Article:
Topshop owner Arcadia on brink of collapse


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Sir Philip Green’s retail empire Arcadia, which includes Topshop, Burton and Dorothy Perkins, is understood to be on the brink of collapse.

Sir Philip had been in talks with potential lenders about borrowing £30m to help the business through Christmas.

However, these talks have failed and administrators could be appointed on Monday, putting 13,000 jobs at risk.

Arcadia said the pandemic “has had a material impact on trading across our businesses”.

“As a result, the Arcadia boards have been working on a number of contingency options to secure the future of the group’s brands. The brands continue to trade and our stores will be opening again in England and the Republic of Ireland as soon as the government Covid-19 restrictions are lifted next week.”

If administrators are called in, the shops will continue to trade as buyers for the company – or more likely its more successful brands – are lined up. Arcadia currently has around 500 shops.

  • Four reasons Topshop is not the brand it once was

Non-essential retailers in England have been forced to close for four weeks until 2 December to contain the spread of Covid-19. This followed a longer lockdown earlier in the year.

Sir Philip Green and Lady Cristina Green

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However, even before the pandemic, Arcadia’s best-known brands such as Topshop were struggling against nimbler online-only fashion retailers like Asos, Boohoo and Pretty Little Thing.

And rival High Street chains like Zara have invested heavily in their digital business while Topshop has been slow to catch up.

In its most recent accounts for the year to 1 September 2018, Arcadia reported a £93.4m pre-tax loss compared to a £164.6m profit in the previous 12 months.

It also said sales fell 4.5% to £1.8bn.

At the time, Arcadia said: “The retail landscape has changed dramatically over recent years and the increased competition from other High Street and online retailers in particular has had a significant impact on our business.”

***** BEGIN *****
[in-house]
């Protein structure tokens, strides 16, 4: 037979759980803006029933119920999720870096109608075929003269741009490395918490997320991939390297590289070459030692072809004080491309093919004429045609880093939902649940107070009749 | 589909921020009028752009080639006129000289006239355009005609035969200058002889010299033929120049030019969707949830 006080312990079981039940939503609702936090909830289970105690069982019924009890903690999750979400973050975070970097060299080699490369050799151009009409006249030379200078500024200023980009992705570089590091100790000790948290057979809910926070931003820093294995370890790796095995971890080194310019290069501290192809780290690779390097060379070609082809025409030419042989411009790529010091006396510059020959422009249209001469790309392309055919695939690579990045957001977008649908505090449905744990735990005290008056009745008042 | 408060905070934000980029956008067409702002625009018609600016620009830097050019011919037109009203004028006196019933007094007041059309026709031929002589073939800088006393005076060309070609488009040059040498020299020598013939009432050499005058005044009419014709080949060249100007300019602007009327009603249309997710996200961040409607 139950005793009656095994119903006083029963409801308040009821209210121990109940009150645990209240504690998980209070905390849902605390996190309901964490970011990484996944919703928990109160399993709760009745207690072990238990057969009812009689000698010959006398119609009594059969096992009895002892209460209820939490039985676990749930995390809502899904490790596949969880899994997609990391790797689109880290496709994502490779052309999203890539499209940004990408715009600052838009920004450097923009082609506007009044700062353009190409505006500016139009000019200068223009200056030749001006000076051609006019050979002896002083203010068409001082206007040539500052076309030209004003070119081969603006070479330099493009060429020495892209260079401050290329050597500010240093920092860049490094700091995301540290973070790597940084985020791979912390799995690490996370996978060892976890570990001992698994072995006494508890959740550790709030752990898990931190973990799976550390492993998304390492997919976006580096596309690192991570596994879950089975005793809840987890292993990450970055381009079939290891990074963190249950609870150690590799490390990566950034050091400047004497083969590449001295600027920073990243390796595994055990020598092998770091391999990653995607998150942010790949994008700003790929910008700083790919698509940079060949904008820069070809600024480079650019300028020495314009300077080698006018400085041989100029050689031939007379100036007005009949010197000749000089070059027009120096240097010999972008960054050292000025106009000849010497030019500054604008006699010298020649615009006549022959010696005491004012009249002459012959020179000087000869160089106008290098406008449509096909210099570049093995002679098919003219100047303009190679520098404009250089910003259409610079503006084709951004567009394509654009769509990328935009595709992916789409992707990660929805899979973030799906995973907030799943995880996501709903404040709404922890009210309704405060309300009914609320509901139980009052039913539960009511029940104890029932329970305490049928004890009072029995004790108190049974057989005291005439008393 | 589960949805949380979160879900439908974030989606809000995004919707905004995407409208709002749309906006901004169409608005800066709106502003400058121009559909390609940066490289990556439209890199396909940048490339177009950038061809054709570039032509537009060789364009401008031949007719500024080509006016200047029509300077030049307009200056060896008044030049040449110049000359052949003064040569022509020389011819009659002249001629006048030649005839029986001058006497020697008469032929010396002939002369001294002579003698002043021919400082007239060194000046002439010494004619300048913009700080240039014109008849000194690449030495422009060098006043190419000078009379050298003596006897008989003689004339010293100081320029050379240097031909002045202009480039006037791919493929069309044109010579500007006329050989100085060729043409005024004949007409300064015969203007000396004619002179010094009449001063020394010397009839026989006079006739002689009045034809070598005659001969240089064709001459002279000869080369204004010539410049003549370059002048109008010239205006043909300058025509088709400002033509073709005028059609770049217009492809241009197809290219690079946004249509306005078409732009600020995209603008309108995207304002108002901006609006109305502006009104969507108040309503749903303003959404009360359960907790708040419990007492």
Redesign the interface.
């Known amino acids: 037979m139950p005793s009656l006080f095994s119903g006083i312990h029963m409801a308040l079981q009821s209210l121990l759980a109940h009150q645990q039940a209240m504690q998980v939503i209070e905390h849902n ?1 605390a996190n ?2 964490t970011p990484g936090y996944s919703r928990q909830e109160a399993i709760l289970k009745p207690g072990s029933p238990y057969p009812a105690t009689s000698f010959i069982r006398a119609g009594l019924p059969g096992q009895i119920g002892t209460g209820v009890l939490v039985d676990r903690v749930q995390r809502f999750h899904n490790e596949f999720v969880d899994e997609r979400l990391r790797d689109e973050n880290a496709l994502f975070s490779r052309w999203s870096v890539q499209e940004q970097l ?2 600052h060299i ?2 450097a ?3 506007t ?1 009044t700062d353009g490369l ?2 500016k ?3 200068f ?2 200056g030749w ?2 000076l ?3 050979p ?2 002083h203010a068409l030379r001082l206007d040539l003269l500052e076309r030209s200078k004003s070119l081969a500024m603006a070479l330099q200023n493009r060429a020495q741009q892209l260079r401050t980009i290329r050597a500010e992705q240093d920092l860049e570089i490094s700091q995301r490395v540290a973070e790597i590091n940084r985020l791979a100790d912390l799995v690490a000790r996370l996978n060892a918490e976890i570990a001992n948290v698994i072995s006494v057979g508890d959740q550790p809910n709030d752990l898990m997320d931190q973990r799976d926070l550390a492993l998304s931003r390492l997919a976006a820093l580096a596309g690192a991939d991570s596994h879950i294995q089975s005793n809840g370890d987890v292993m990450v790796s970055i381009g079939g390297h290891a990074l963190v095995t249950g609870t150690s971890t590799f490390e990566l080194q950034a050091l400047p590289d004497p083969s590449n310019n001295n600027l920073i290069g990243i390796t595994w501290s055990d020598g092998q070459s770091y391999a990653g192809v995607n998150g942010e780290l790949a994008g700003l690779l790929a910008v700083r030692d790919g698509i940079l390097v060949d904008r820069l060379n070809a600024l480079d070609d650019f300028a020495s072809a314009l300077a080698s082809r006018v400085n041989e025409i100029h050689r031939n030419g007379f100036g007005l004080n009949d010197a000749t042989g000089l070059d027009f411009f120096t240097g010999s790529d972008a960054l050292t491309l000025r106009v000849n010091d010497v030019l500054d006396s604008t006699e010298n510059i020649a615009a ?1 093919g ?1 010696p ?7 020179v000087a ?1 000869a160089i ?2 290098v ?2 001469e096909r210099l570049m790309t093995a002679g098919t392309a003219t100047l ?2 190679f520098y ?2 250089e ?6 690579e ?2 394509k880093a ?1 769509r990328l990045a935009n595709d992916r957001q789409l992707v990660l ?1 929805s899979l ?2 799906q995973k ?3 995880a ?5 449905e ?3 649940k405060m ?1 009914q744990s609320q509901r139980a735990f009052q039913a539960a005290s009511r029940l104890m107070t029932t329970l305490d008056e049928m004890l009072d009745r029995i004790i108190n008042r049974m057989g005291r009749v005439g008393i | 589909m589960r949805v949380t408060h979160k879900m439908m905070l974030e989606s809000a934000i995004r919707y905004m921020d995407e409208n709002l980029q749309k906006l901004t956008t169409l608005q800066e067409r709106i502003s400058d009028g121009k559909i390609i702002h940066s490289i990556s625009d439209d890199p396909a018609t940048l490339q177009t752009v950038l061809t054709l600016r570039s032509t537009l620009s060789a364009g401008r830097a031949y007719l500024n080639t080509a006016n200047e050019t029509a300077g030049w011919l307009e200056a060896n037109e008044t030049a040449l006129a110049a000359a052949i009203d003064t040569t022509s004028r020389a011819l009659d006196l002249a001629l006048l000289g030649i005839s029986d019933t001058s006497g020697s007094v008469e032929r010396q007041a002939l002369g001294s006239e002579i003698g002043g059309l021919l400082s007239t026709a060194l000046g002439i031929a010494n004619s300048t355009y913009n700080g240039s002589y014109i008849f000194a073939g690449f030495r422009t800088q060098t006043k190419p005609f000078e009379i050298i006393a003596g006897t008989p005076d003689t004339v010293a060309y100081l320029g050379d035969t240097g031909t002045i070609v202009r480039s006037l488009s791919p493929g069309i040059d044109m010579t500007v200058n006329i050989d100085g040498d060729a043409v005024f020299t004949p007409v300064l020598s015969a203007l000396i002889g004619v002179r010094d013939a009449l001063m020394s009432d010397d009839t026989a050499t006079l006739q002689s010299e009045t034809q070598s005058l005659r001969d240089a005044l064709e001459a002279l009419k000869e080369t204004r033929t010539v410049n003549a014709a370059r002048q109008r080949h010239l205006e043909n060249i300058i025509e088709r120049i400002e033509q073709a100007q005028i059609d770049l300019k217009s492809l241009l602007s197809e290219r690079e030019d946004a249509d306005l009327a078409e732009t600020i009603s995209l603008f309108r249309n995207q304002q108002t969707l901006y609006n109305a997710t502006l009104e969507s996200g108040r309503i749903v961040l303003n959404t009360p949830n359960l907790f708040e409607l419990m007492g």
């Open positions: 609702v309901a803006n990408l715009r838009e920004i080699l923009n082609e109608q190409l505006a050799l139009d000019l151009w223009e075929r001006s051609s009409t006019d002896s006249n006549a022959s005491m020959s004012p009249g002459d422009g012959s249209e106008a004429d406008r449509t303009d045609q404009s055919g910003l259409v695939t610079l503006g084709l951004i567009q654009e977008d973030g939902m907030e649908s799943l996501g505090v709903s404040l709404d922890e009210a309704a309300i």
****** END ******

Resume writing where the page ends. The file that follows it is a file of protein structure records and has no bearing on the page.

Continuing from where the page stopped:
Richard Lim, chief executive at Retail Economics, said that while all clothing shops have been adversely affected by the pandemic, Arcadia’s “demise has been accelerated because of an online proposition that falls way behind that of their competitors”.

“Years of underinvestment in the digital channel has severely restricted their ability to trade successfully through this hugely difficult period,” he said.

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Other sources of revenue at Arcadia have also come under pressure this year, such as Debenhams, which sells a number of Sir Philip’s brands through concessions at its department stores.

Debenhams is in administration and is currently in talks to find a buyer.

As with many High Street chains that had to go into lockdown, Arcadia placed many of the group’s 13,000 workers on furlough.

Sir Philip is unlikely to buy back any of his brands if it does go into administration, which was first reported by Sky News.

Arcadia underwent restructuring last year when it agreed to shut 50 shops.

As part of that deal, the company secured a rent cut with its landlords on property as well as an agreement with the Pension Protection Fund to put money into the company’s pension schemes.

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